The Client Relationship
Retail trading clients with margin trading accounts have a very short lifespan. More than 50% of the client accounts are eliminated after less than twelve months. Approx. 90% do not survive the first 18 months without replenishment of the account. Brokers know all about it.
The most important difference between forex trading and professional trading is that the broker has the complete picture of the client. This means the broker has the trading account, the collateral, all insight about the clients trading style (e.g. trade settings, profitability, etc.) and most important: the broker knows the client’s position as all positions are kept in the brokers position keeping tool respectively client account. Read in the section below how the knowledge about the client’s position is used and abused by some less trustworthy brokers.
Every broker wants you to think that you are a valuable client. But in fact, you aren’t. An average retail trader can’t expect to be a valuable client as the broker has too many single clients to take care of 31 and also needs some time to find out which forex trader is actually trading enough to be profitable. First of all most retail traders have a short lifespan. This means most traders produce losses and stop trading. Therefore the single client relationship is not an ongoing source of income for a broker, but rather a relationship which has to be shimmed to compensate for the client acquisition and maintenance costs. Second, most retail traders only have small trading accounts and do not generate many trades. Assuming that a retail trader opens an account with 10.000 USD collateral and then trades in average one 100.000 USD position per day and trades for only one year the calculation for the broker could be e.g.: 50-100 USD fees per million traded sums up to 100-200 USD fees per client per month. Generating a new client through Internet marketing, exhibitions, and sales employees will cost approx. 100 USD per new client. On top, there is a lot of overhead involved in account openings. Furthermore operating a professional and regulated broker in a trustworthy jurisdiction is expensive. So the client has to be active for a few months to be profitable for the broker. This is why retail traders can’t be treated as kings. The trading related Websites are full of users complaining about their brokers and the service offered. It’s an industry without personal relationships and money is only made through high volumes with low individual efforts. All processes have to work perfectly and smoothly or the broker will not be able to generate prof its.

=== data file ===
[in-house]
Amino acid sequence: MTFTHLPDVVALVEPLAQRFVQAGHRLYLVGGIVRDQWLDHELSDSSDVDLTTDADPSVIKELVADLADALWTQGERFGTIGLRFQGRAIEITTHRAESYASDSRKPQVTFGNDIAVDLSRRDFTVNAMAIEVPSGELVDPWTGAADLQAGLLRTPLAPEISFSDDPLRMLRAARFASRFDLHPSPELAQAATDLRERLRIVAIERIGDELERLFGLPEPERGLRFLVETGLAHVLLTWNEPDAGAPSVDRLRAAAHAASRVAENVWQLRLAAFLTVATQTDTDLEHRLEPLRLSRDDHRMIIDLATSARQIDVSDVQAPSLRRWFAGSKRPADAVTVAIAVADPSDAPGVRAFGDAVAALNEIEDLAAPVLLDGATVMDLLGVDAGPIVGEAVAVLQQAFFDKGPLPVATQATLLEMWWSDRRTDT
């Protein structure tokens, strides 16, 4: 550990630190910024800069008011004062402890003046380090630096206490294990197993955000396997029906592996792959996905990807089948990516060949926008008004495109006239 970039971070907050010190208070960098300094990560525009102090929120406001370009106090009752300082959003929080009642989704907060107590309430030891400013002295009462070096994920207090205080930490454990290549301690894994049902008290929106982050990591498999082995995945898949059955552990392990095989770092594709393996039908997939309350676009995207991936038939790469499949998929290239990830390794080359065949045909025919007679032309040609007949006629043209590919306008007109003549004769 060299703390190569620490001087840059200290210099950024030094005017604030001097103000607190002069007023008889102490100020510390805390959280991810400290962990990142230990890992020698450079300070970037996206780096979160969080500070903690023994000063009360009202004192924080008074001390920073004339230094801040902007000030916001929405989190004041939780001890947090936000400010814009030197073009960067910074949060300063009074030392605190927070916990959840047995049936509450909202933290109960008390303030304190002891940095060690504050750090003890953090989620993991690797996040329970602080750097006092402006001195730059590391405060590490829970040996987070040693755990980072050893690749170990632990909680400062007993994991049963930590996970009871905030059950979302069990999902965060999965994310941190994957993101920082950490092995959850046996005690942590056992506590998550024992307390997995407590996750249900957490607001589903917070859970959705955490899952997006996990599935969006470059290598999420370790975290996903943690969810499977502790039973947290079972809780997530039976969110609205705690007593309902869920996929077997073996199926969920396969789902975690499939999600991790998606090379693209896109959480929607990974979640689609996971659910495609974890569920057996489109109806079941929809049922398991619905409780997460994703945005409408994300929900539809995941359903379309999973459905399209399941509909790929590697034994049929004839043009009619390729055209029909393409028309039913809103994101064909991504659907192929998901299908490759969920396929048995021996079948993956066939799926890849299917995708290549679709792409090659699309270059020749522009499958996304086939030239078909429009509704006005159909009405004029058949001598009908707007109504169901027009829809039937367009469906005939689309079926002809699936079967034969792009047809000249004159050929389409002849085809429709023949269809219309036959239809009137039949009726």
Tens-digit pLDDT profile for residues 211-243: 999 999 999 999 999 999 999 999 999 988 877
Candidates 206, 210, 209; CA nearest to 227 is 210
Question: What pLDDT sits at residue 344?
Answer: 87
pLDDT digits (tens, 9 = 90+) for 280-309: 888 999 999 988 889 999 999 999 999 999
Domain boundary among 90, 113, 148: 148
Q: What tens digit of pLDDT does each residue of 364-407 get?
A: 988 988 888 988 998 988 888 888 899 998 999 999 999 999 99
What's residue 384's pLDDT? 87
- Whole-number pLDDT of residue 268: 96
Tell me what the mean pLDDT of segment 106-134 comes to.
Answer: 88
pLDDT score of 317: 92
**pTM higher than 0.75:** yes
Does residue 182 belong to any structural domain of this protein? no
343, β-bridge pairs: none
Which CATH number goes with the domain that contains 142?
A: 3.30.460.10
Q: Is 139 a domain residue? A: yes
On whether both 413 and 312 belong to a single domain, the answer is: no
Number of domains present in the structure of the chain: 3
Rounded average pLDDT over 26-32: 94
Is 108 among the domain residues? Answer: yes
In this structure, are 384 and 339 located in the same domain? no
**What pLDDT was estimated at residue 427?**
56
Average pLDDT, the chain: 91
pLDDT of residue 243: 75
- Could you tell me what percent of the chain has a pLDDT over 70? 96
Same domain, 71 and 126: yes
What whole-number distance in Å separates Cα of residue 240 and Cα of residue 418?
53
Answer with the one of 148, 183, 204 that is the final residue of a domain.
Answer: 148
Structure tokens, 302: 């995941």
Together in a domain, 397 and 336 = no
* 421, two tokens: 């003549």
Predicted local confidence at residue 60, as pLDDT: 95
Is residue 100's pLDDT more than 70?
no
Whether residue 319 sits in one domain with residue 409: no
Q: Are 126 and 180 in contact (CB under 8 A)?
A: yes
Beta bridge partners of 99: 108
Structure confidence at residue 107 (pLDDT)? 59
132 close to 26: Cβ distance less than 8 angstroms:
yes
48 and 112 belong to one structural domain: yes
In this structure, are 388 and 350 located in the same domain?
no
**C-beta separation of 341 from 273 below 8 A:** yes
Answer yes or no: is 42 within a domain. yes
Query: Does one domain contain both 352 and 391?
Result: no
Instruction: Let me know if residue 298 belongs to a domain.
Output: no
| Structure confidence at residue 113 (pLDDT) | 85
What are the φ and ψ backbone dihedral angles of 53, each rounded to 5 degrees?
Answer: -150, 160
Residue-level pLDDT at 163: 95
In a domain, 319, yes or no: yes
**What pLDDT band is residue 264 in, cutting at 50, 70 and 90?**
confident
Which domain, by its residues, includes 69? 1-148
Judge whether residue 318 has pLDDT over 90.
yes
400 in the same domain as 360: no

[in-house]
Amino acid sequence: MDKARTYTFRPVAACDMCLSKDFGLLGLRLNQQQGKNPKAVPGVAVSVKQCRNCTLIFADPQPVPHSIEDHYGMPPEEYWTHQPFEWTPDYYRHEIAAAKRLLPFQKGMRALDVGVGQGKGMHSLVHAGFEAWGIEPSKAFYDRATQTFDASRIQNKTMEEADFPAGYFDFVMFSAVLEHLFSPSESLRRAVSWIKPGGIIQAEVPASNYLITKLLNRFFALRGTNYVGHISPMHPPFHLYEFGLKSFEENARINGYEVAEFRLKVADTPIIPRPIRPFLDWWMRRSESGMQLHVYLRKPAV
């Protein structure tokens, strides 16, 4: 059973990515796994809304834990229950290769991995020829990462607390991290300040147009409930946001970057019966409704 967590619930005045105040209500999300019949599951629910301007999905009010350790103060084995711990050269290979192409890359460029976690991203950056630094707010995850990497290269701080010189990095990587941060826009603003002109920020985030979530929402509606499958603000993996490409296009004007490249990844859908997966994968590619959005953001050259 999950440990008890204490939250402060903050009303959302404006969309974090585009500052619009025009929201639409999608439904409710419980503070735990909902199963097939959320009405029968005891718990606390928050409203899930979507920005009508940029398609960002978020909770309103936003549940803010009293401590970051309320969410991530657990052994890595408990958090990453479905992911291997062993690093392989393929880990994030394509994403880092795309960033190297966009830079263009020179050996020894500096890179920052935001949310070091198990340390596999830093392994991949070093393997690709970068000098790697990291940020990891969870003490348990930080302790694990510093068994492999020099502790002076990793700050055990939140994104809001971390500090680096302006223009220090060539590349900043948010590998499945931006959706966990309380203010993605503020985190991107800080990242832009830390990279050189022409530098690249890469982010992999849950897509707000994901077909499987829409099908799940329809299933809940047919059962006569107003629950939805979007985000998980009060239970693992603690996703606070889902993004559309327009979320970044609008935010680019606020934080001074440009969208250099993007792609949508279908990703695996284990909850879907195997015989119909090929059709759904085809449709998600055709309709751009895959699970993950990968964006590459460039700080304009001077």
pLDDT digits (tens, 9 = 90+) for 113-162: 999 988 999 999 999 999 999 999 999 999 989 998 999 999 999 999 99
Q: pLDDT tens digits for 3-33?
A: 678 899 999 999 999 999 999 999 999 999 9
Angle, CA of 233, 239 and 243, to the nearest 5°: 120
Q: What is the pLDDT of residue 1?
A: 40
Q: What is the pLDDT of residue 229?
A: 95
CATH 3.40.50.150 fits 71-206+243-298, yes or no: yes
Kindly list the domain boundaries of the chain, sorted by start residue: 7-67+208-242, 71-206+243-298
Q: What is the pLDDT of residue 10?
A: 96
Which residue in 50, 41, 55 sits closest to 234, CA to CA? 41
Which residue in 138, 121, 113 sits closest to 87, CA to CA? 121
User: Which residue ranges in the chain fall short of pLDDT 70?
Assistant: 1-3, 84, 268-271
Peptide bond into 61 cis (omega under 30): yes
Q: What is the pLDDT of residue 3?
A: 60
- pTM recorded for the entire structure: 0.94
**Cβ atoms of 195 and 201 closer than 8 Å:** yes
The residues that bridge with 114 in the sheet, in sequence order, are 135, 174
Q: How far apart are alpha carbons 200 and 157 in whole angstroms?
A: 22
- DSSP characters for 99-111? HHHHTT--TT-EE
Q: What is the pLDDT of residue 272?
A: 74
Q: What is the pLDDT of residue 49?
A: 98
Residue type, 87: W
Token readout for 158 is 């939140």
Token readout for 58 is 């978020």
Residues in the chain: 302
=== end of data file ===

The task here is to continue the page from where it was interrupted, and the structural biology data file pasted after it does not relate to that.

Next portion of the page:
Back Testing vs. Real Money Trading
There are several essential parameters that separate backtesting from real money trading. Many professionals today believe that backtesting is a waste of time as it does not reflect reality. There are many books about backtesting and several core issues such as overfitting or walk forward testing are constantly being discussed in the trading community. So backtesting is a science with many different opinions. Backtesting itself shall not be discussed in this chapter. One of the main differentiators between backtesting and real money trading comes down to IT operations. Backtesting is a quick process that runs for some minutes, hours or days on a PC or server.